Research in Progress: Comparing real news vs. fake news in the Zika epidemic

September 18, 2018

Qian Xu and Shi Chen

By Qian Xu, Elon University and Shi Chen, University of North Carolina at Charlotte

More and more individuals choose social media as the first source to gain information during health crises and disease outbreaks. While the low cost and easy access of social media make it more convenient for health officials and communicators to disseminate useful information, they also provide the unfortunate opportunities for fake health news to spread quickly and widely.

According to research, this kind of misinformation creates unnecessary anxiety, threatens public health and negatively impacts individual decision-making. A recent article published in The Atlantic referred to fake health news as the worst category of fake news.

Fake health news negatively impacts how people respond to and interpret real news on social media. It is critical to understand how fake health news spreads and competes with its real counterpart on social media.

In February 2016, the World Health Organization (WHO) declared an official global health emergency of the Zika pandemic. During the Zika outbreak, the Centers for Disease Control and Prevention (CDC) and WHO played very active roles in social media discussions about Zika. Despite the prominent presence of these health agencies, fake news about Zika proliferated on social media.

The fake news about Zika became more “viral” than the accurate information from health authorities on social media, according to research on the issue. This wide spread of fake health news has serious consequences.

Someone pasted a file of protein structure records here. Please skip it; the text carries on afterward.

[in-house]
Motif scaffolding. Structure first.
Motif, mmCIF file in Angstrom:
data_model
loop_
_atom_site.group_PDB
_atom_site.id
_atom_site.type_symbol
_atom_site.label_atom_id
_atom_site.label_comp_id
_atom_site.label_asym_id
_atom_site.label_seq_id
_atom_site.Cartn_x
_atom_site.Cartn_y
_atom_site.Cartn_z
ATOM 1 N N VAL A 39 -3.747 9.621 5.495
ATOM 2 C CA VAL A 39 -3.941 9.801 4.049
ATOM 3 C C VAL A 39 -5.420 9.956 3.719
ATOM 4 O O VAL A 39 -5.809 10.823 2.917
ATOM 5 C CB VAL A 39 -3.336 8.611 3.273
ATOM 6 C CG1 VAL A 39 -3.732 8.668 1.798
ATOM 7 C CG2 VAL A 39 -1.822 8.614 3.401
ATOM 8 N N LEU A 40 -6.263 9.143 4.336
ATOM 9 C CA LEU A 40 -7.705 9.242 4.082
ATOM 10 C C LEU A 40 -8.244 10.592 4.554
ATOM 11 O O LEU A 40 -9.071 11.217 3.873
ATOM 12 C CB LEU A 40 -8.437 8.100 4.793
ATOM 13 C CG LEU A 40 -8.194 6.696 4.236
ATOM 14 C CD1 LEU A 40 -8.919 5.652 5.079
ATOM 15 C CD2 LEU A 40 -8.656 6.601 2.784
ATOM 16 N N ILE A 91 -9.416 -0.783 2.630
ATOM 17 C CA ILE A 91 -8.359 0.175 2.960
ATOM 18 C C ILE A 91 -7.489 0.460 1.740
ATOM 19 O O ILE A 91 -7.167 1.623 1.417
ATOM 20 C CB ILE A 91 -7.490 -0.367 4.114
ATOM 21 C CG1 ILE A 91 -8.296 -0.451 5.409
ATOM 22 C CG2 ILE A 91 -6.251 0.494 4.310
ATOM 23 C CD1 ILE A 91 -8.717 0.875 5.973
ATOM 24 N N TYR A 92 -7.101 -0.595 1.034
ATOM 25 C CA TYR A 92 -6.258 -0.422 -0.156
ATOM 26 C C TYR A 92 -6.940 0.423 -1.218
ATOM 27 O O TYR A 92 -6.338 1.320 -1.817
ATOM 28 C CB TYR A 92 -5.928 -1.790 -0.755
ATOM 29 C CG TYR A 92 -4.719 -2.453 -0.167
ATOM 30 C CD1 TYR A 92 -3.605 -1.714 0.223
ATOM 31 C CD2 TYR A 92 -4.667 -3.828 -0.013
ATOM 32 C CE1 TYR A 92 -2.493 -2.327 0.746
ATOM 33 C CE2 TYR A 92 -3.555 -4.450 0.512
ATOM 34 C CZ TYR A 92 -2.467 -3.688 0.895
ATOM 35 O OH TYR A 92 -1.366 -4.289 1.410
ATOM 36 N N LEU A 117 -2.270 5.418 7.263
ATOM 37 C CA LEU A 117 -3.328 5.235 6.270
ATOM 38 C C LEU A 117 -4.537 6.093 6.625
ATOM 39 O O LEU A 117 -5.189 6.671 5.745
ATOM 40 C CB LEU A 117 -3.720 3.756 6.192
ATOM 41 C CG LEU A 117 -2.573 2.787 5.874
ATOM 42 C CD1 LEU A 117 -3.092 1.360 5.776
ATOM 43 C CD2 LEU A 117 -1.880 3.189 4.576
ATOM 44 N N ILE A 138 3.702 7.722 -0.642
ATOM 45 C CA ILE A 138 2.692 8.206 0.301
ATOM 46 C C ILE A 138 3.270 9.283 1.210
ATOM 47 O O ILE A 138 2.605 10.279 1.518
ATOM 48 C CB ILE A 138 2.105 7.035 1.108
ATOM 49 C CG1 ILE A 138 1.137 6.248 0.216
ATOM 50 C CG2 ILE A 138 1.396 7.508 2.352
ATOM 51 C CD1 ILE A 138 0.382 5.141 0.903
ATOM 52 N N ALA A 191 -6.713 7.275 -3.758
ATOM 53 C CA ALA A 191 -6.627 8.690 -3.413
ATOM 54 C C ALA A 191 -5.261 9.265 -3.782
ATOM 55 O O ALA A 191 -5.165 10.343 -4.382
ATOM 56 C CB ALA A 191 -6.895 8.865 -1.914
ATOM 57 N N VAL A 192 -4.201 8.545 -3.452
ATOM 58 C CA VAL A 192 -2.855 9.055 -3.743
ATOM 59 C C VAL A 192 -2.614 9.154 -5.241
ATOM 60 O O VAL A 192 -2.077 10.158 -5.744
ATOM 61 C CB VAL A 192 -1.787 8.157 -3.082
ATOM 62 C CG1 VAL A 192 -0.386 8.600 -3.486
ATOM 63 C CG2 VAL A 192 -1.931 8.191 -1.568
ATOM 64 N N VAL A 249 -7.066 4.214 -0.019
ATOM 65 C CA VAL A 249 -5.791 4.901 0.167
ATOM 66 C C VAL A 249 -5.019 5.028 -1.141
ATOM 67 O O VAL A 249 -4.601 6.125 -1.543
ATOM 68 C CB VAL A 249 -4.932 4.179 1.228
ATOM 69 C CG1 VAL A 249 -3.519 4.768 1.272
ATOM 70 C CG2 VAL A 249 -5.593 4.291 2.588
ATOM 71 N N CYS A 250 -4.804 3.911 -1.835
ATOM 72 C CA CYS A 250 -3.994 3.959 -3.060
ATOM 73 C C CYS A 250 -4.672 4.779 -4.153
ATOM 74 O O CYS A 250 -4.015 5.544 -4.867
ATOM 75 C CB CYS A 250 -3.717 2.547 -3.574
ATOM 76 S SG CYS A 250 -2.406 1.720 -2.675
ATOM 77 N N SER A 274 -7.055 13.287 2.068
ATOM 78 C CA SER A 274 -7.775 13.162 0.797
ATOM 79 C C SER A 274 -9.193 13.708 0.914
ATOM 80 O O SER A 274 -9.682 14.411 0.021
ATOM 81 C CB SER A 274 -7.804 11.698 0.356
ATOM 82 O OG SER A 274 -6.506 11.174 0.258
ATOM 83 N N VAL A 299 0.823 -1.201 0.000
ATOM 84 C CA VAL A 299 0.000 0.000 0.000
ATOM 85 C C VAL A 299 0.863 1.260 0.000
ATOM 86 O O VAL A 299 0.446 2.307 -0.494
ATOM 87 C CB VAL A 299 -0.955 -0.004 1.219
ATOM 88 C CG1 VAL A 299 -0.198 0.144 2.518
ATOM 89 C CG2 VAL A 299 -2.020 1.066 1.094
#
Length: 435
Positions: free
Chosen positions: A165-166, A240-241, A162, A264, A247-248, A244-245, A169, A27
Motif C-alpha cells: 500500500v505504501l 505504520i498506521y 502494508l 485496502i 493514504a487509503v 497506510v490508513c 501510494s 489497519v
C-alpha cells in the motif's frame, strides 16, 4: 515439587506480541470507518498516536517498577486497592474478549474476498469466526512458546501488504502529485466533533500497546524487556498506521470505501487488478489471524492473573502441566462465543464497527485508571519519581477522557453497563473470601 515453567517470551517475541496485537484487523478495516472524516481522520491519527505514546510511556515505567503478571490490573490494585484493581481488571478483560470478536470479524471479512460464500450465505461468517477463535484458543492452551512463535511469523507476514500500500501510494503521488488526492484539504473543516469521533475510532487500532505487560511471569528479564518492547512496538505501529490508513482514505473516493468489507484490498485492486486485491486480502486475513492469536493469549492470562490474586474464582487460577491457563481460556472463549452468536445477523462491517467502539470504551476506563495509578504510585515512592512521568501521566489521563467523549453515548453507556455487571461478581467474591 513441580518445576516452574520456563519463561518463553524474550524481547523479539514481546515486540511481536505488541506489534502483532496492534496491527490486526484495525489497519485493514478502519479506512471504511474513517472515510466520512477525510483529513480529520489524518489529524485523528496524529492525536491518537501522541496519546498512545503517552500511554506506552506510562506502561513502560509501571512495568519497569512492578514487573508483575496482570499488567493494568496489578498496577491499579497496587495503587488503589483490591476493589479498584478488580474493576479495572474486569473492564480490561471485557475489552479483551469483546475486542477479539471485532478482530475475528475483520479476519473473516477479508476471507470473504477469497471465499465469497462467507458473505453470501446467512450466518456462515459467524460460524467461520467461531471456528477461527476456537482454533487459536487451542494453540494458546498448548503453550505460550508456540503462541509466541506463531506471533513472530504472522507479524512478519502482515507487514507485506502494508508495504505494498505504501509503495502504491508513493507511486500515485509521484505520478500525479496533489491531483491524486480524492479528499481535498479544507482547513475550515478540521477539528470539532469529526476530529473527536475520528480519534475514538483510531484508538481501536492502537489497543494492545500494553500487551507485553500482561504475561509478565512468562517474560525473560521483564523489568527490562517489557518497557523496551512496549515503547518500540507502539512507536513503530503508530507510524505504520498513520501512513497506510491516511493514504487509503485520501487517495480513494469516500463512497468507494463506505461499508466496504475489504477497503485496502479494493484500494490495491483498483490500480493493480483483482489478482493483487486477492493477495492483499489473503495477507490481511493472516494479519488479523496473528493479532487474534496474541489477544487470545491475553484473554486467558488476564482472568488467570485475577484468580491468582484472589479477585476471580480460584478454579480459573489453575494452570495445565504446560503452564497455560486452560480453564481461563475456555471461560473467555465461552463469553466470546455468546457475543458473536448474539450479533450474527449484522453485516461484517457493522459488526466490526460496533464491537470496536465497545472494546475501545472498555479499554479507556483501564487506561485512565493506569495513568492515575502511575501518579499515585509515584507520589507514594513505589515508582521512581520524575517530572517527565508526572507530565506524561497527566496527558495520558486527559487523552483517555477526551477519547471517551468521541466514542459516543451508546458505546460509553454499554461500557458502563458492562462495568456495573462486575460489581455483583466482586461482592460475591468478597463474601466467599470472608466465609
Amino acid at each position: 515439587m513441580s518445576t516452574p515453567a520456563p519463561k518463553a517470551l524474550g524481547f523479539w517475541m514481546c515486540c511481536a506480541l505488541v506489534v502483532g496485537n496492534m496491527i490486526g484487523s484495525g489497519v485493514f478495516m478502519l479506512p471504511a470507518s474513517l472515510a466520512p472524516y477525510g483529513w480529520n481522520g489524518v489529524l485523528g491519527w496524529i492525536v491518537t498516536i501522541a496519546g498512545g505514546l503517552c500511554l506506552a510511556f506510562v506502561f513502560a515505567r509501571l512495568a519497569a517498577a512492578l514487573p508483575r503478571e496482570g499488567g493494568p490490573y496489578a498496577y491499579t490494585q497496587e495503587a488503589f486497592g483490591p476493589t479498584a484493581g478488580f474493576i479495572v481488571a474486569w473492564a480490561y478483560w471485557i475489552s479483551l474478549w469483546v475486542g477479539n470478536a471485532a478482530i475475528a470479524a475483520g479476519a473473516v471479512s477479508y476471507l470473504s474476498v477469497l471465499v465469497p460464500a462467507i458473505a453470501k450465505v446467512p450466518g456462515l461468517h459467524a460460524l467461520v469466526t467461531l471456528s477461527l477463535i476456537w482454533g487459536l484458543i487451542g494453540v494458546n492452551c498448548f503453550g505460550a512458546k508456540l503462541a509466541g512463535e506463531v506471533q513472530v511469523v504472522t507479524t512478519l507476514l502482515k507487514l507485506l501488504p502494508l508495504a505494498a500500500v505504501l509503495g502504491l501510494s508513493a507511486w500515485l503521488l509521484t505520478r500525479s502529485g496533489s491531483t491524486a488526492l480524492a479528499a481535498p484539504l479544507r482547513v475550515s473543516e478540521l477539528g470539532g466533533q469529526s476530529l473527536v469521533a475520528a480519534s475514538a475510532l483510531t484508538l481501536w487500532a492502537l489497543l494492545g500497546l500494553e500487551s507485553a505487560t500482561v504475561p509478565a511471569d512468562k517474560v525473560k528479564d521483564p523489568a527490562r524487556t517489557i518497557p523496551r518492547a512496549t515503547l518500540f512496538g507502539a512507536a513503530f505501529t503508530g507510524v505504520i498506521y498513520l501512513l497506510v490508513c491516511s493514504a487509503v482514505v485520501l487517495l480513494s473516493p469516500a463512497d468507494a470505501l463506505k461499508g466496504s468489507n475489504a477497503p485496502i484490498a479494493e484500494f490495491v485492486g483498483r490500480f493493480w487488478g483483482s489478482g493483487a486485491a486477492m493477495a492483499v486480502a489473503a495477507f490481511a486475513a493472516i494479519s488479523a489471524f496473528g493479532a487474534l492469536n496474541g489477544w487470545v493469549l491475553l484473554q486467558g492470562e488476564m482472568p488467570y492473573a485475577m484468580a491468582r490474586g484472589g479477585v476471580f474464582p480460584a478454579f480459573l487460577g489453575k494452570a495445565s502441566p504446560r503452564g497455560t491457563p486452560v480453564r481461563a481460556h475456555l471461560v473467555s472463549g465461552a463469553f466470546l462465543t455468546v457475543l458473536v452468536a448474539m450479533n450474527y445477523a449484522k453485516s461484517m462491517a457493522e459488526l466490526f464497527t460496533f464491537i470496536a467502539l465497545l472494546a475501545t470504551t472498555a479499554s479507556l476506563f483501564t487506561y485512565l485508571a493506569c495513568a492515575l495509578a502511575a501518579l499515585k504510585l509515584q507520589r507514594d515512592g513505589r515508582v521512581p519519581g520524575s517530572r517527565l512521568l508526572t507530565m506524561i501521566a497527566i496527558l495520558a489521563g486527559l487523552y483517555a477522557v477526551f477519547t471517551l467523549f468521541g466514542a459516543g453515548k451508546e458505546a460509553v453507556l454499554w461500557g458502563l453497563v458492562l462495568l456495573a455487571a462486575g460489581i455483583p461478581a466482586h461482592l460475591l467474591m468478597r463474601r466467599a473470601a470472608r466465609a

By choosing the Zika outbreak as our research focus, we will compare the information flow dynamics of fake and real news about Zika on Twitter. Specifically, this project aims to answer the following questions:

  1. How does the spread of fake news and the spread of real news differ on Twitter?

  2. Who serves as the driving force with strategic positions in distributing real and fake news about Zika on Twitter?

  3. How do the roles of the key users differ in the dynamic information dissemination networks of real and fake news about Zika on Twitter?

The findings of this project will provide implications for health officials and communicators to develop more effective and responsible social media information dissemination strategies during health crisis and disease outbreaks. These strategies could also help news agencies and non-profit organizations combat fake health news to better inform the general public on social media.

For further information on this study, email Qian Xu at Results from the study will be available when the project is completed later this year. This project is supported by a Page/Johnson Legacy Scholar Grant from the Arthur W. Page Center.